Among the countless disastrous consequences of climate change will be the degradation and loss of coral reefs, which will affect about 4.5 million people in Southeast Asia and the Indian Ocean, said a report. As a result of environment stress, coral reefs in Asia are getting bleached and dying, the United Nation’s Intergovernmental Panel on Climate Change (IPCC)’s Sixth Assessment Report on Impacts, Adaptation and Vulnerability, released on February 28, said.
The rise in temperature of seawater is affecting the functioning of symbiotic algae of corals and its bacterial consortia, which is resulting in bleaching and mortality of corals.
Corals, under stress, expel the symbiotic algae from their tissues, which causes them to turn completely white. This is known as coral bleaching.
The loss will impact the livelihood of 4.5 million fishers in Southeast Asia and the Indian Ocean.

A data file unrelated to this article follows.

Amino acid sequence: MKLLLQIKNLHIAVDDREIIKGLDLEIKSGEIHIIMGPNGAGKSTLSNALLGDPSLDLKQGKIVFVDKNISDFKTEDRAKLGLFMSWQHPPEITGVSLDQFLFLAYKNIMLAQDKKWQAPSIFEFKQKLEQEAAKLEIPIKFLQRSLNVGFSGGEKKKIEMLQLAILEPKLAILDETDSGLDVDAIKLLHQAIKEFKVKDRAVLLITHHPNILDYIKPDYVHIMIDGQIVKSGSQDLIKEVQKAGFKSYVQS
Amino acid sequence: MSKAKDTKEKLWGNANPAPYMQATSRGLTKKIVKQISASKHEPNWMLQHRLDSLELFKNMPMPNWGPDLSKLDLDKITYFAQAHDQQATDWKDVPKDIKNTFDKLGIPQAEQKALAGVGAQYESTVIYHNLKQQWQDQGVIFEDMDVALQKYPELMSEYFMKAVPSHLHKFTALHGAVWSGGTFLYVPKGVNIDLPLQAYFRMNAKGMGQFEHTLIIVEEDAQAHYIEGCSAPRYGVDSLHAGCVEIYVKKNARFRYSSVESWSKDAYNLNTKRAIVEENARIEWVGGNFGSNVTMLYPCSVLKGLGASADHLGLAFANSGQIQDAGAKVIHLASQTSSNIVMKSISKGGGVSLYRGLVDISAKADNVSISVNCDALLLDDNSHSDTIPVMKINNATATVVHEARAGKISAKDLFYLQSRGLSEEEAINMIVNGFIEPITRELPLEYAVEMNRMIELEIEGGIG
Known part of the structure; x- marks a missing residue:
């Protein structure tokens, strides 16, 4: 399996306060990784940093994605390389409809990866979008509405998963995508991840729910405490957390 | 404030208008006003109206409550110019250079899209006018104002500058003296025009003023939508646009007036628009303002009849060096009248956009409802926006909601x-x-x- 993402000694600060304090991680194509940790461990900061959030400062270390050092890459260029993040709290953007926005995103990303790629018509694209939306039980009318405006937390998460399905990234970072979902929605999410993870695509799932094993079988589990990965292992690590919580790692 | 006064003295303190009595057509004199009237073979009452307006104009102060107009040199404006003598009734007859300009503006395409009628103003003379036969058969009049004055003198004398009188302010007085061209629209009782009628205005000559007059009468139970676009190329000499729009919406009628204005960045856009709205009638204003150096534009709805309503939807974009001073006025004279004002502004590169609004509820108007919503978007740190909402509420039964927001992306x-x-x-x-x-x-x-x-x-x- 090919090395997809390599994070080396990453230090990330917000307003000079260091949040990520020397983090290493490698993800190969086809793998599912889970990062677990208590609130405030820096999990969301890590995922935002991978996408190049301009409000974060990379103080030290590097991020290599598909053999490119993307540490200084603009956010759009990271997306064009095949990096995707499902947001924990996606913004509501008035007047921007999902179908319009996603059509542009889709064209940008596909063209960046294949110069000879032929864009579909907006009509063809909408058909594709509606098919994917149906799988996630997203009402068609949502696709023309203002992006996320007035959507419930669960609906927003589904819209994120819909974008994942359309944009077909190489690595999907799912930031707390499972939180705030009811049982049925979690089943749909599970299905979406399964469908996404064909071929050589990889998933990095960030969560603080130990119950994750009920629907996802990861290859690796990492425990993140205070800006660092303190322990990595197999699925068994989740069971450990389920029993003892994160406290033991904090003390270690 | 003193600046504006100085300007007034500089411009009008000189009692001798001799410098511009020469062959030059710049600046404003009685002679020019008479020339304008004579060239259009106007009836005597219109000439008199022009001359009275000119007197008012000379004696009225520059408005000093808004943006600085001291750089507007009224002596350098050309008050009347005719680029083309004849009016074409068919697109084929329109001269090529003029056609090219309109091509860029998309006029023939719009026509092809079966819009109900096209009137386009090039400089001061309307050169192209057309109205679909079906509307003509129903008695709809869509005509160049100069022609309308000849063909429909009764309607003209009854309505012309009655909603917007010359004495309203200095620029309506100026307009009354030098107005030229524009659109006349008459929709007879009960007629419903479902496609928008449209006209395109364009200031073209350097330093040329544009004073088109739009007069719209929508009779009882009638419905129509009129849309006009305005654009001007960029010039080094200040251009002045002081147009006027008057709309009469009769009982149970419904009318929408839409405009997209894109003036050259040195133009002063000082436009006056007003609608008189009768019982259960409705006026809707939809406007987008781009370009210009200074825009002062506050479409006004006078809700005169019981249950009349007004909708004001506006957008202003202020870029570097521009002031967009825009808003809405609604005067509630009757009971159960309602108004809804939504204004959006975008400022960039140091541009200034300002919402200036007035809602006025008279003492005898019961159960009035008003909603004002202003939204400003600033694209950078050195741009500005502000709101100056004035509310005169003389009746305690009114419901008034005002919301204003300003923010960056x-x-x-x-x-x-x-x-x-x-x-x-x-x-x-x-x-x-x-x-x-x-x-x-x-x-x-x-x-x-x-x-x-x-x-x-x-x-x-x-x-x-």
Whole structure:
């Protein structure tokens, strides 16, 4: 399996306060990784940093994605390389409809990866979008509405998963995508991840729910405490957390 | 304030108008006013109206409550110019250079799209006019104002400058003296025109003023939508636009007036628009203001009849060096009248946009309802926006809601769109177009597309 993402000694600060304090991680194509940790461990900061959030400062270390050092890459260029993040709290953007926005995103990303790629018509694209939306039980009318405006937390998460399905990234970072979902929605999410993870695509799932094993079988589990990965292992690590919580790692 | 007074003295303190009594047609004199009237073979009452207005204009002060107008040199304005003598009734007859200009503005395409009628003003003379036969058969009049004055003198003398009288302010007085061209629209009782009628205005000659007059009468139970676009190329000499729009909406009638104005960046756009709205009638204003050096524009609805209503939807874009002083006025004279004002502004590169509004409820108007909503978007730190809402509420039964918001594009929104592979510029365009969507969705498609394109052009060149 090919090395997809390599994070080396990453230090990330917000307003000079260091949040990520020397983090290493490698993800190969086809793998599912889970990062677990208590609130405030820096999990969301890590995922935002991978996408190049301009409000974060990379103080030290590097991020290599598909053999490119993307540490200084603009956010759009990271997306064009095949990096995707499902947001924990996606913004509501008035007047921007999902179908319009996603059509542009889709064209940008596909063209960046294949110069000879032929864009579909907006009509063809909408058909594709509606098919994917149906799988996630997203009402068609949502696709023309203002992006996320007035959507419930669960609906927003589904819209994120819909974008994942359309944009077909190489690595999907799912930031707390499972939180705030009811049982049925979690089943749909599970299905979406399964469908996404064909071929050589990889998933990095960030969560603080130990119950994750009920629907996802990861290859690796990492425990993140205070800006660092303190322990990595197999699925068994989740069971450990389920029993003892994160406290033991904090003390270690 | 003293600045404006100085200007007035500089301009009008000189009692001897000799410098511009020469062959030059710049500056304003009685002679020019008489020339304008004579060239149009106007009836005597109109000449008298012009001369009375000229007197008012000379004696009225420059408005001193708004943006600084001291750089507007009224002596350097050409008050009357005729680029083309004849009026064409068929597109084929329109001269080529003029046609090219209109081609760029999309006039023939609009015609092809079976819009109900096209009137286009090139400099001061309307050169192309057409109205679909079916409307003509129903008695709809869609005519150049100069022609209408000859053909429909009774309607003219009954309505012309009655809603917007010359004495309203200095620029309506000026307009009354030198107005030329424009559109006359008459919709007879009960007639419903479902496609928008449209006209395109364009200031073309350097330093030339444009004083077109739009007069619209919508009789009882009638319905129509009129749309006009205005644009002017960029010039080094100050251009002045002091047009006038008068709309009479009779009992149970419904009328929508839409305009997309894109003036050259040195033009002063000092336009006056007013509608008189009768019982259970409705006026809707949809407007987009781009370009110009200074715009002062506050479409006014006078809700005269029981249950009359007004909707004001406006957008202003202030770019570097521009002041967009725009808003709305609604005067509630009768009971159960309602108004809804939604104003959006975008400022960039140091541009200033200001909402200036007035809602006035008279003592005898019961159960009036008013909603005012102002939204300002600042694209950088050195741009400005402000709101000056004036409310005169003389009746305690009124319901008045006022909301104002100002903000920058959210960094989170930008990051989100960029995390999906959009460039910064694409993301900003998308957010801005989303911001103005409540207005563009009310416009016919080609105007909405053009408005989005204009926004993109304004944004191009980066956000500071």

At present, there are nearly 3.35 million fishers in Southeast Asia and 1.5 million in the Indian Ocean, the report said.
Although corals comprise only 0.1 percent of the global sea surface, it is home to over 25 percent of marine biodiversity, including fisheries, Down to Earth quoted Roxy Mathew Koll, climate scientist at the Indian Institute of Tropical Meteorology, Pune, as saying.
“They are the first that get affected by high temperatures,” Koll said.
Coral reefs in St Martin’s Island in Bangladesh contribute $33.6 million per year to the local economy. Similarly, Nharang Bay, Vietnam, is likely to suffer an economic loss of between $27.78 million and $31.72 million annually under different climate change scenarios, the report said.
Global warming increases the risk of irreversible loss to marine and coastal ecosystems. Global climate change and anthropogenic activities have severely impacted 571 coral species in the South China Sea.
Human activities also contributed to the decline in coral growth, which is expected to come down by the end of this century.
India, Japan, Indonesia, the Philippines, northern Maldives, the Persian Gulf and the Red Sea are found to be at high risk, the report said.
The Bay of Bengal has witnessed a two- to three-fold increase in the marine heatwaves in the last four decades, Koll said. Similar patches of marine heatwaves were observed in the Arabian Sea as well.